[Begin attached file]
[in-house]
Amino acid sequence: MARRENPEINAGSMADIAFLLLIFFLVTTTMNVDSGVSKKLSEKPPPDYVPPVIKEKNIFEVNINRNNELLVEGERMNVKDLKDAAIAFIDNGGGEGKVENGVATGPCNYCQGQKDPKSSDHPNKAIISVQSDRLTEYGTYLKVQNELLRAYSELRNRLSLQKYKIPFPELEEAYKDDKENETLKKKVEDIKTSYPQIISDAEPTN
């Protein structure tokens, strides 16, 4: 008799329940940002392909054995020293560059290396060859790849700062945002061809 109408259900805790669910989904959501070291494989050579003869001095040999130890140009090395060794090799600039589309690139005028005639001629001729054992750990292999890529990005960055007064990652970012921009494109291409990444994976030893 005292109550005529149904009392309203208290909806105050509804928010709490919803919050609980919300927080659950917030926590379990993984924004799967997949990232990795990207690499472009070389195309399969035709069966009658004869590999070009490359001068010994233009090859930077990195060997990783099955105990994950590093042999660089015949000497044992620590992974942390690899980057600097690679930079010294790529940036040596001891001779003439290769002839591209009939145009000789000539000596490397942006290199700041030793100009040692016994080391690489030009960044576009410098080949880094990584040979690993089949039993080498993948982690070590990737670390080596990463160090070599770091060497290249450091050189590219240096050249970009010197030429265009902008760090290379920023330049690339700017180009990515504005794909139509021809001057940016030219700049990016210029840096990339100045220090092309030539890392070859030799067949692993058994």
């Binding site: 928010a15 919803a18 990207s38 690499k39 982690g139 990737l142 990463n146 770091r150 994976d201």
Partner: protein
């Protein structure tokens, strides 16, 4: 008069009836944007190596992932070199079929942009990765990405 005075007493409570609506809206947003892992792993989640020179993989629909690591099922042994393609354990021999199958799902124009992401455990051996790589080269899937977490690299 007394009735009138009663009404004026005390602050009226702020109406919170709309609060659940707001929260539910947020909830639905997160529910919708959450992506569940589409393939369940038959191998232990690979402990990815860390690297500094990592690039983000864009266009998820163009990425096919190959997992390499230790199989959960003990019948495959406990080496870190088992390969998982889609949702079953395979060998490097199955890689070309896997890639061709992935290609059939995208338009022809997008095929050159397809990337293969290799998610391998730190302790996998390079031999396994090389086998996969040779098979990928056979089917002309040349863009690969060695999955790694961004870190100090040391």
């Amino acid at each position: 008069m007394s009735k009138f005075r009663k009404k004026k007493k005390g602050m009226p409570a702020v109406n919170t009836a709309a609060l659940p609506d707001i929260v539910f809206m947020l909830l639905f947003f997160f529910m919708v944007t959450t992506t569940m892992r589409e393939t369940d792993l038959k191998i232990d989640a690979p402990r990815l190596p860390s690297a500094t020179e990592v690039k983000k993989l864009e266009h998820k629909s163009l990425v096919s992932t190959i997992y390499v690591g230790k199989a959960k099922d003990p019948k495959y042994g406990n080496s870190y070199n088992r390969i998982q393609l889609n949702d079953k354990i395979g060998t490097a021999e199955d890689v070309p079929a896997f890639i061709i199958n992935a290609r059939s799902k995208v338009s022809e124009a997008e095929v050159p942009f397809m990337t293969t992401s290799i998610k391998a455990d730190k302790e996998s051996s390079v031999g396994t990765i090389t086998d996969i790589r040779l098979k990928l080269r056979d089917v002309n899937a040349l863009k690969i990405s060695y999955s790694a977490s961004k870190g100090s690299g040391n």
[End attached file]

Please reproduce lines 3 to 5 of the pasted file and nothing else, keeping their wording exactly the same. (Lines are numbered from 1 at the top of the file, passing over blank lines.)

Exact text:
């Protein structure tokens, strides 16, 4: 008799329940940002392909054995020293560059290396060859790849700062945002061809 109408259900805790669910989904959501070291494989050579003869001095040999130890140009090395060794090799600039589309690139005028005639001629001729054992750990292999890529990005960055007064990652970012921009494109291409990444994976030893 005292109550005529149904009392309203208290909806105050509804928010709490919803919050609980919300927080659950917030926590379990993984924004799967997949990232990795990207690499472009070389195309399969035709069966009658004869590999070009490359001068010994233009090859930077990195060997990783099955105990994950590093042999660089015949000497044992620590992974942390690899980057600097690679930079010294790529940036040596001891001779003439290769002839591209009939145009000789000539000596490397942006290199700041030793100009040692016994080391690489030009960044576009410098080949880094990584040979690993089949039993080498993948982690070590990737670390080596990463160090070599770091060497290249450091050189590219240096050249970009010197030429265009902008760090290379920023330049690339700017180009990515504005794909139509021809001057940016030219700049990016210029840096990339100045220090092309030539890392070859030799067949692993058994």
């Binding site: 928010a15 919803a18 990207s38 690499k39 982690g139 990737l142 990463n146 770091r150 994976d201």
Partner: protein